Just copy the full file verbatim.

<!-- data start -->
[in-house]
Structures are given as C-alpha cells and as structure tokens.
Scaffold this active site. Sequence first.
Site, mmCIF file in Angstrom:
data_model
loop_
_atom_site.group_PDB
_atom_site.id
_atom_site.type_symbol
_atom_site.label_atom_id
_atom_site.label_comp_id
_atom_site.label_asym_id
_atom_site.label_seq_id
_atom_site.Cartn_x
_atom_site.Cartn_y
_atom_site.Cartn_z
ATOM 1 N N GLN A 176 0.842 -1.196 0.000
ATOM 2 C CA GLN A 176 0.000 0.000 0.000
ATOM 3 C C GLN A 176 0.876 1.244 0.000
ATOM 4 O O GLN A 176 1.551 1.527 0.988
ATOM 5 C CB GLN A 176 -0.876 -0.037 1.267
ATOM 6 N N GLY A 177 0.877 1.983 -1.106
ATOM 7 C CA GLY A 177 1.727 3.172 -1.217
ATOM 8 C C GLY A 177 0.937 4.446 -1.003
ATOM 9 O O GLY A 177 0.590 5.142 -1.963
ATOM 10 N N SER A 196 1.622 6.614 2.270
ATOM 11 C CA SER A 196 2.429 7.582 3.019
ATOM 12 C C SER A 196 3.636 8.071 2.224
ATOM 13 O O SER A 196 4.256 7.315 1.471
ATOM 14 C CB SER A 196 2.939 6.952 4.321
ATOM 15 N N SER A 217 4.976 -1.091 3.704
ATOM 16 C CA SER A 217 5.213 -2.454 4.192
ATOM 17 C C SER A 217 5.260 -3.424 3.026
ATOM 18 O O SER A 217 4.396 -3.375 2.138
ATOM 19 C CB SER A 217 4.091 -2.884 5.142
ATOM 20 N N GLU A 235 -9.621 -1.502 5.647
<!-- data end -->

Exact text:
[in-house]
Structures are given as C-alpha cells and as structure tokens.
Scaffold this active site. Sequence first.
Site, mmCIF file in Angstrom:
data_model
loop_
_atom_site.group_PDB
_atom_site.id
_atom_site.type_symbol
_atom_site.label_atom_id
_atom_site.label_comp_id
_atom_site.label_asym_id
_atom_site.label_seq_id
_atom_site.Cartn_x
_atom_site.Cartn_y
_atom_site.Cartn_z
ATOM 1 N N GLN A 176 0.842 -1.196 0.000
ATOM 2 C CA GLN A 176 0.000 0.000 0.000
ATOM 3 C C GLN A 176 0.876 1.244 0.000
ATOM 4 O O GLN A 176 1.551 1.527 0.988
ATOM 5 C CB GLN A 176 -0.876 -0.037 1.267
ATOM 6 N N GLY A 177 0.877 1.983 -1.106
ATOM 7 C CA GLY A 177 1.727 3.172 -1.217
ATOM 8 C C GLY A 177 0.937 4.446 -1.003
ATOM 9 O O GLY A 177 0.590 5.142 -1.963
ATOM 10 N N SER A 196 1.622 6.614 2.270
ATOM 11 C CA SER A 196 2.429 7.582 3.019
ATOM 12 C C SER A 196 3.636 8.071 2.224
ATOM 13 O O SER A 196 4.256 7.315 1.471
ATOM 14 C CB SER A 196 2.939 6.952 4.321
ATOM 15 N N SER A 217 4.976 -1.091 3.704
ATOM 16 C CA SER A 217 5.213 -2.454 4.192
ATOM 17 C C SER A 217 5.260 -3.424 3.026
ATOM 18 O O SER A 217 4.396 -3.375 2.138
ATOM 19 C CB SER A 217 4.091 -2.884 5.142
ATOM 20 N N GLU A 235 -9.621 -1.502 5.647